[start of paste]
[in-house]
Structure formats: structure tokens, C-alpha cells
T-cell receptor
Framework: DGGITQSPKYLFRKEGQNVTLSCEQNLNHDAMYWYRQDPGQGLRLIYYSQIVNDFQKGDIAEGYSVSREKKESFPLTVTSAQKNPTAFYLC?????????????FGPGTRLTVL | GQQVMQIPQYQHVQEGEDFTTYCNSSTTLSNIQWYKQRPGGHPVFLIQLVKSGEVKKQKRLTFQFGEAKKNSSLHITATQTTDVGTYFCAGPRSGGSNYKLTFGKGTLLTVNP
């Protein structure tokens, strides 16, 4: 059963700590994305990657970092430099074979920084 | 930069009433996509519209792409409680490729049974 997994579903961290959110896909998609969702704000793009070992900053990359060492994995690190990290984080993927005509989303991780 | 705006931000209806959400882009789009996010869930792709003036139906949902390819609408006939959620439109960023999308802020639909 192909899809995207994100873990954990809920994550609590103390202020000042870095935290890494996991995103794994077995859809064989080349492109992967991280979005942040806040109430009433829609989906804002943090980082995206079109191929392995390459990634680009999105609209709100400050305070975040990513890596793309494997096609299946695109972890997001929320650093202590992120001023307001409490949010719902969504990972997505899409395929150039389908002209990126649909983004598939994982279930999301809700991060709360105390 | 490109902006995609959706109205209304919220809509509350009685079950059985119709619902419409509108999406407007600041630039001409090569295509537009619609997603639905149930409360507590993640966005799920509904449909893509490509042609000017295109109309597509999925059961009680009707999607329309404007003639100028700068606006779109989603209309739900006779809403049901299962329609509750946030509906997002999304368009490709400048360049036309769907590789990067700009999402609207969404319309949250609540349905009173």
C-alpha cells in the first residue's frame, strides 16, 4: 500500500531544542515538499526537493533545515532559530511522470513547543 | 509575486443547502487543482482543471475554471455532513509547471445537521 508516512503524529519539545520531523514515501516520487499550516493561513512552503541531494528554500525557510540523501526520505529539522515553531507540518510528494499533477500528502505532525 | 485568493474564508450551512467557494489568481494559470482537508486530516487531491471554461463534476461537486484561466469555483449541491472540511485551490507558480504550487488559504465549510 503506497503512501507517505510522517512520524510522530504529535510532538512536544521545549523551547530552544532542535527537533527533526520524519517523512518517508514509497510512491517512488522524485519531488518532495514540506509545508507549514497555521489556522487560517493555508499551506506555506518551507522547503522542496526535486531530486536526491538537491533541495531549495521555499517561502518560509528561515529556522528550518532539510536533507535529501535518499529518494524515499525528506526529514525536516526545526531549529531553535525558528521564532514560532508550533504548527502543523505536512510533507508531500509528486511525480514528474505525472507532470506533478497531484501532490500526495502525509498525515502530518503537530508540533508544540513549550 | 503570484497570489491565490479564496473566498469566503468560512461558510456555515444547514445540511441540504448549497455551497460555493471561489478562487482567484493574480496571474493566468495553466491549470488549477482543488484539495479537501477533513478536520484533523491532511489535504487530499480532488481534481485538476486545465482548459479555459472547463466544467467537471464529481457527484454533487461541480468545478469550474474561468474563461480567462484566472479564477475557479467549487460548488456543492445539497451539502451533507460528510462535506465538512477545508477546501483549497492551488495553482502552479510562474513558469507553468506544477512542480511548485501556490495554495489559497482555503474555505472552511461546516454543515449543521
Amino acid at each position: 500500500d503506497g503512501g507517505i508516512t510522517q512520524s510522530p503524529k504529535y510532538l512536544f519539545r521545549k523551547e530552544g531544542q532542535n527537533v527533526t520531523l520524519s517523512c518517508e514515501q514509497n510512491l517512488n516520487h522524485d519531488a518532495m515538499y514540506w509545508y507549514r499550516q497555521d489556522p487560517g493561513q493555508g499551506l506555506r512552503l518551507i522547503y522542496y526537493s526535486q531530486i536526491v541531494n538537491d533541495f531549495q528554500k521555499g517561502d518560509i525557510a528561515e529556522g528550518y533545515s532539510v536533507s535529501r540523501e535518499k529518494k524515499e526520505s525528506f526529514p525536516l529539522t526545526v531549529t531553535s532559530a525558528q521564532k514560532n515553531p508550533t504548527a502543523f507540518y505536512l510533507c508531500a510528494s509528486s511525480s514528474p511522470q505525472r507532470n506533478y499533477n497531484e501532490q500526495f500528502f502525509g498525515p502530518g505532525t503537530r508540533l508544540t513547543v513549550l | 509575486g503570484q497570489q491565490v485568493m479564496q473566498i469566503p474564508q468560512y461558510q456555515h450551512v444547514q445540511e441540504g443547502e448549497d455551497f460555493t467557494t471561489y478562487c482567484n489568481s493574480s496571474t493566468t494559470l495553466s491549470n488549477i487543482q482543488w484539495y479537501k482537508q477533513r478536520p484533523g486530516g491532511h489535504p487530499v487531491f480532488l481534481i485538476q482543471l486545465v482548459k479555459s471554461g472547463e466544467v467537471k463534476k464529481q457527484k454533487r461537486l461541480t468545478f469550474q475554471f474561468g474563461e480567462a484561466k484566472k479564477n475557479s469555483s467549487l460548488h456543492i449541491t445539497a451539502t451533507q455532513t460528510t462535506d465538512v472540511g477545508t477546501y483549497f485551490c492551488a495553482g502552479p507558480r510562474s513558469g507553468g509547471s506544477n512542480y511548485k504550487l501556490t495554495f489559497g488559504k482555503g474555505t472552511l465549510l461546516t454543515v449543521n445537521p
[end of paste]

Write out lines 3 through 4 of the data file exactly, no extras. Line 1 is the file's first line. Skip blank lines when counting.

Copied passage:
T-cell receptor
Framework: DGGITQSPKYLFRKEGQNVTLSCEQNLNHDAMYWYRQDPGQGLRLIYYSQIVNDFQKGDIAEGYSVSREKKESFPLTVTSAQKNPTAFYLC?????????????FGPGTRLTVL | GQQVMQIPQYQHVQEGEDFTTYCNSSTTLSNIQWYKQRPGGHPVFLIQLVKSGEVKKQKRLTFQFGEAKKNSSLHITATQTTDVGTYFCAGPRSGGSNYKLTFGKGTLLTVNP